Monday, June 13, 2011

Cost of the Union to every Scot - £2, 413 each year

Published during my tenure as Chief Editor of Newsnet Scotland. I will resume publishing under the title Scottish Times in due course:

Scots must pay £12.546 billion every year just to stay in the Union according to Office of National Statistics (ONS) information. UK public sector net borrowing (excluding financial interventions) was £139.4 billion in the year 2010/11 and so Scotland's share based on 9% population amounts to £12.546 billion.

This is at least the annual cost for Scots of remaining within the Union as Scotland's national accounts show a surplus meaning none of the debt is accrued in Scotland.

According to world-renowned economic expert Professor Andrew Hughes Hallet Scotland's economy, unlike the UK economy is in robust shape:

“Scotland’s accounts, rather than those compiled in London, show that Scotland has a small net surplus, rather than being a net beneficiary from the UK."

The bad news for Scots is that the UK treasury is accruing debt which is accelerating owing to bad house-keeping south of the border and dragging the Scottish economy down with it.

Think Tank statement

An analysis from the right-wing think tank - the Institute of Economic Affairs (IEA) - shows Scotland's share of the UK's skyrocketing public debt will be a staggering total of £110 billion by the time it is likely to become independent.

This sum is startling and, to make matters worse, is set against official UK Government figures which forecast unprecedented levels of UK debt which will surge past £1.1 trillion this year.

Perhaps not surprisingly these figures will be used by pro-independence supporters to show that Scotland must get out of the sinking UK ship as quickly as possible.

There's no cause for alarm though as Scotland will have the ability to escape this problem if it votes 'Yes' in the forthcoming independence referendum. The real problem facing the budgets of Scots families, institutions and businesses is that the SNP Government may wait too long to call the independence referendum while each year Scots have to pay £12.5 billion and rising - merely to be ruled from London.

Based on the official figures it costs every single Scot £2, 413 per year to pay off a debt they didn't cause. This debt could be avoided if Scots vote 'Yes' in the referendum and so would be an 'independence dividend'.

With full independence Scotland will control its oil and gas reserves and so have no problem picking up this 'Union tab' but how much longer will Scots tolerate austerity and benefit cuts designed for a plummeting UK economy?

Scotland's share of UK debt is unlikely to be as bad as the analysis by the IEA's Richard Wellings suggests as it bases its figures on Westminster public spending figures which are exaggerated. For example the entire cost of maintaining Trident is classed as a Scottish expense rather than a UK one. Wellings' analysis though does say that there is a preferable method of estimating Scotland's share of debt:

"Better still would be an estimate that also took account of the share of UK tax revenues generated in Scotland, but such a calculation is complicated by significant fluctuations in North Sea receipts from year to year."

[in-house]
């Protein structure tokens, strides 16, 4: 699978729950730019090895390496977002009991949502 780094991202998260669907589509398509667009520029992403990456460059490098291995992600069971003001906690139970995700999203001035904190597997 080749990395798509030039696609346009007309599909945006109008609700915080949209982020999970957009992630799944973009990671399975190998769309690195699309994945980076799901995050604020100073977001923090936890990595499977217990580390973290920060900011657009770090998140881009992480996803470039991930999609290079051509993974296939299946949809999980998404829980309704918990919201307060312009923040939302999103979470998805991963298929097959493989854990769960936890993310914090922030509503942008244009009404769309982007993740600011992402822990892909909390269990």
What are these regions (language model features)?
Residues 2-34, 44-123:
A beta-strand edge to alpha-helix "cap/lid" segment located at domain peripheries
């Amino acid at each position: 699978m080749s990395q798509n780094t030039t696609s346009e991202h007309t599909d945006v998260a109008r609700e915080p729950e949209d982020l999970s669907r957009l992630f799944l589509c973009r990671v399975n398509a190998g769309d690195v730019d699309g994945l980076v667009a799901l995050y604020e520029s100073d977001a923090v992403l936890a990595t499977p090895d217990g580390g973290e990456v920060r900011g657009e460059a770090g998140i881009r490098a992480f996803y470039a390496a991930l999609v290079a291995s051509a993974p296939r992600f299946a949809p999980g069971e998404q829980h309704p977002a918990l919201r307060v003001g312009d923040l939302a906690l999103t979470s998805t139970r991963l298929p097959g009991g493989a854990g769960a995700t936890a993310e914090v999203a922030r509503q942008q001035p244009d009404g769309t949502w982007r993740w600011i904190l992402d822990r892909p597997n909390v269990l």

As we know Scotland is in surplus and that is calculated based on our population share of North Sea oil and gas reserves. An independent Scotland would be entitled to far more of those resources than its population share and so it reasonable to assume that Scotland's share of the debt will be estimated downwards during independence negotiations with London.

Certainly, whatever Scotland has to absorb from the UK's debt mountain will be manageable - once Scotland is independent - as when oil and gas revenues are added to a Scottish exchequer our debt to GDP ratio will be far less than England's.

At the moment exports from Scotland's huge financial services sector are credited to London which means Scotland's current GDP is hugely underestimated. Post-independence this picture will become clearer and Scotland will look in much better shape to face the future.


News Scotland

8 comments:

Moose said...
This comment has been removed by the author.
Moose said...

You know the bank of scotland is one of the main reasons the uk government is in the red... But if you scots want to split off EXCELLENT! You can take that debt and also you can fund your own tuition fees being nothing!

Anonymous said...

The 'Bank Of Scotland' is owned by the Halifax (English bank) and has been for some time so bore off you buffoon.

Kyle said...

And what government was responsible for banking in the run up to the banking crisis?

Not the scottish government.

Anonymous said...

Haha moose get some facts

Siônnyn said...

How long will you continue to put up with these English subsidy Junkies? Just tell them to go, and within 5 years, when it hasn't worked out, they will be back, cap in hand, begging to be let back into the union.

Anonymous said...

GDP is the value of goods and services produced. What is it that RBS produces that is not being "credited to Scotland" I support independence, but you are a bit of an idiot

sewa elf said...

Very nice article, thanks for sharing.